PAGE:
Elasticity estimates average around -0.1 in the short run and -0.3 in the long run, so if these numbers hold then this wage increase could reduce minimum wage jobs by 6% in the short run and 17% in the long run, once employers have had the chance to find alternatives. For workers earning between the new and old minimum wages, the effects would tend to be smaller.
Unsurprisingly, some economists disagree, in part because markets are not quite so simple. Supply and demand models of the labor market assume that any employer who offered a penny less than the going wage would lose all their employees. Since this is clearly not true, simple math shows that employers who can pay less will benefit by doing so, and so probably already are. Economists call this monopsony power, and where it exists increasing the wage (at least a little) could theoretically increase employment, not decrease it [italics mine].
Economists turn to the data for answers, but it can be tricky to untangle cause and effect. Most studies have found resulting small decreases in low-wage jobs, some have found increases, and many have found no significant effect at all. We do know that in the aggregate there is no historical correlation at all between changes in the minimum wage and the unemployment rate.
However, the proposed $15 wage is a bigger increase than we have seen before, even with a gradual phase-in. It’s important to admit that we don’t really know what the nationwide effects will be.
But that $15 goes further in some places than others …
The effects of the increase are likely to be greater in regions where average wages and the cost of living are low. There is a big difference between the wages of a childcare worker in Pueblo, Colorado versus one in Decatur, Alabama, and there is a big difference between the cost of living in the New York metropolitan area versus 500 miles away in Beckley, West Virginia. Many states and cities with higher costs of living have already implemented their own minimum wages in the last decade, due largely to the federal government’s inaction. A better federal proposal might consider those regional distinctions, but that does not seem to be on the table.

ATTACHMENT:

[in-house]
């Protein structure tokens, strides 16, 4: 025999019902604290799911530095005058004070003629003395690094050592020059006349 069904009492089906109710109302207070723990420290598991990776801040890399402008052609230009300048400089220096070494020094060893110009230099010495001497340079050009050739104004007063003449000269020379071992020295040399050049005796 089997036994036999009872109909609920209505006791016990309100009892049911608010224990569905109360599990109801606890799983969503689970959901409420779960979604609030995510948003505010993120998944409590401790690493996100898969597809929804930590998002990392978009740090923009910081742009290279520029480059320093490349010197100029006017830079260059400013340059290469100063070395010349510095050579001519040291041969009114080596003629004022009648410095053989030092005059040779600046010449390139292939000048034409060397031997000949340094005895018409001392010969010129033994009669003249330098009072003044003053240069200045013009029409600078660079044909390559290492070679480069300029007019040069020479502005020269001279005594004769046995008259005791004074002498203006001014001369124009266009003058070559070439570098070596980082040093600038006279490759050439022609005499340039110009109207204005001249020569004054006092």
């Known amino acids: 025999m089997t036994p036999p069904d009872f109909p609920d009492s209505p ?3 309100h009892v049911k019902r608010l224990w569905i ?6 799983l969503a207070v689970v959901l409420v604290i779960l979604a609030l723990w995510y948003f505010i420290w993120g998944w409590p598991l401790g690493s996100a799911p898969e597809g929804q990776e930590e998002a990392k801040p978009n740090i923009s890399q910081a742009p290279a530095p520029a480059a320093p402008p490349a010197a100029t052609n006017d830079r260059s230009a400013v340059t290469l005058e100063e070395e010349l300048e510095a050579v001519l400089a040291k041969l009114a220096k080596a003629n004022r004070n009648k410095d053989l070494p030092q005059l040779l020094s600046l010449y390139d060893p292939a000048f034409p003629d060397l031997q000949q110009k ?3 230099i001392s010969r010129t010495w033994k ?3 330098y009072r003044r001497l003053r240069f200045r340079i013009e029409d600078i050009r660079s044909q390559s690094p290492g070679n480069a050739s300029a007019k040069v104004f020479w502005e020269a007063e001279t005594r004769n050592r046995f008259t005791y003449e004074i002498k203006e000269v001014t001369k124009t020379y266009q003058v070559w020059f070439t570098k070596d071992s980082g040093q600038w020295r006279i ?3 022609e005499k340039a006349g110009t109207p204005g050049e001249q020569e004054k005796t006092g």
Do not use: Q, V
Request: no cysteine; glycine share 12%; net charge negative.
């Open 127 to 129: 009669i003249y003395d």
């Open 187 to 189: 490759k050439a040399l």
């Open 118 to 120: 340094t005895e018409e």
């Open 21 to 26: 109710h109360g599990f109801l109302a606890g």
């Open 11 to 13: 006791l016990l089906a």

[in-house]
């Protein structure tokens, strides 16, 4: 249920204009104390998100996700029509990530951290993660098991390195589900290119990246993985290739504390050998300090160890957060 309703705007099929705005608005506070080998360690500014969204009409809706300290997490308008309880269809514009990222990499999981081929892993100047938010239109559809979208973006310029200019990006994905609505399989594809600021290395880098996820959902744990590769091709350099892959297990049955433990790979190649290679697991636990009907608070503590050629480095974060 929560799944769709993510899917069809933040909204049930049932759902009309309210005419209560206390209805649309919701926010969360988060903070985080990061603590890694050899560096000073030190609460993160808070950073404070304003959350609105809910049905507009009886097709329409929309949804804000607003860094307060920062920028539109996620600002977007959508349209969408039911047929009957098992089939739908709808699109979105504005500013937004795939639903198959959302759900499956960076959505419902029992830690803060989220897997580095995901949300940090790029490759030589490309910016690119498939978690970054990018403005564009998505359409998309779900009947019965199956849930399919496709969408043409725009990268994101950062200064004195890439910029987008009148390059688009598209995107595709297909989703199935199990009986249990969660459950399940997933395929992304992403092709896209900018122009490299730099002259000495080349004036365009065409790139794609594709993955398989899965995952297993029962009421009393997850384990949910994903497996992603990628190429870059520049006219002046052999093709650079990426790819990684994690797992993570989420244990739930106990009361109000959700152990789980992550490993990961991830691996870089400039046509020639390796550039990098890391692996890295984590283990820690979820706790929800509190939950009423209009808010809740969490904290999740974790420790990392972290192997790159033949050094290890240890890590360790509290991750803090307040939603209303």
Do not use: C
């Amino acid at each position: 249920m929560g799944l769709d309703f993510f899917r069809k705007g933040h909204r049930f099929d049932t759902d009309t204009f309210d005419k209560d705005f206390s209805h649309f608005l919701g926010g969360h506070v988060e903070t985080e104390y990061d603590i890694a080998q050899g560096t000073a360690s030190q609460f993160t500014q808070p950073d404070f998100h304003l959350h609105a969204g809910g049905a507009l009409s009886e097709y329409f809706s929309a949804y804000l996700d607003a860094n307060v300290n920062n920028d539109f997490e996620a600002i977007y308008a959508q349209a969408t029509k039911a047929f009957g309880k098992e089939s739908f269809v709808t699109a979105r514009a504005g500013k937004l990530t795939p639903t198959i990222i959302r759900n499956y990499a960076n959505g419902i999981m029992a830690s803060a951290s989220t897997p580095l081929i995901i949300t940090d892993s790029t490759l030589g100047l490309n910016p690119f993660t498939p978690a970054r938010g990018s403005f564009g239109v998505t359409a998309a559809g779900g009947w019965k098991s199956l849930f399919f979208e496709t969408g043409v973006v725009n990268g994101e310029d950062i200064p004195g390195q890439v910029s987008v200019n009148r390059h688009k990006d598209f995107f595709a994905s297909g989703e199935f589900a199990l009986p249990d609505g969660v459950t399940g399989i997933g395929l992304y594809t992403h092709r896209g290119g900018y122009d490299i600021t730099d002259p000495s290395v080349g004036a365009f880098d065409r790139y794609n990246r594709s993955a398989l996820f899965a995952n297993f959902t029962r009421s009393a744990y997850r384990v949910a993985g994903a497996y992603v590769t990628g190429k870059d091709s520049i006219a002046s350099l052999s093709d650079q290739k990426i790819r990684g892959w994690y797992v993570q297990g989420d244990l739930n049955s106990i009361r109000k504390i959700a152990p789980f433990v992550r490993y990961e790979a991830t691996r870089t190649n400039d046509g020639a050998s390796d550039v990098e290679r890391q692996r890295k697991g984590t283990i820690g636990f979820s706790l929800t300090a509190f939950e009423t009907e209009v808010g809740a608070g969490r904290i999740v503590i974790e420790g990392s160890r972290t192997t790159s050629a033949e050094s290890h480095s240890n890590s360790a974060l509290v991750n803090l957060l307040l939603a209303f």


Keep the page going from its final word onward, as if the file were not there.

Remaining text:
On balance, a raise would help more than hinder, right?
There will certainly be winners and losers. Low-wage workers who are paid more will win, and the Congressional Budget Office (CBO) estimates that a million fewer people will be in poverty. Owners of firms who depend on low-wage workers will make lower profits, and some may even go out of business. Firms that sell products to low-wage workers will be winners, and some firms may even benefit from having more motivated workers. Taxpayers are likely to benefit because they won’t have to subsidize as many workers with food stamps and other support programs.
What about the idea that prices will go up to cover the jolt to employers’ bottom line?
Perhaps for some things, but not across the board. Fast food may become a little more expensive, along with the cost of hiring a maid. But for most goods and services, low-wage labor is only a small part of the total cost, and big firms which have raised their own minimum wages have not significantly raised their prices. Other prices change too as things shift around. Economists think price inflation is generally a monetary phenomenon, mostly driven by the interaction between banks’ willingness to lend and individuals’ willingness to keep money in a checking account instead of spending it.
Finally, what are your thoughts on how the minimum wage debate figures into the ongoing trend toward greater income inequality?
Over the last forty years the US has become one of the most unequal developed economies in the world. The income share of the poorest 40% of households fell from 14.3% in 1979 to 11.4% in 2019, while the income share of the top 5% rose from 16.9% to 23.0%. In spite of the potential downside effects on employment, the CBO estimates that the proposal before Congress would increase income for the bottom half, and thus lead to a reduction in inequality for the first time in decades.
Sounds like it could, and should, be a political winner.
Harry Truman famously asked for a one-handed economist, since he found it annoying to be told that virtually every policy he proposed had both costs and benefits. Perhaps the implementation of a higher minimum wage could be improved to minimize the costs and maximize the benefits, but on the whole a change of this magnitude could lead to a significant improvement in the well-being of our lowest-paid workers.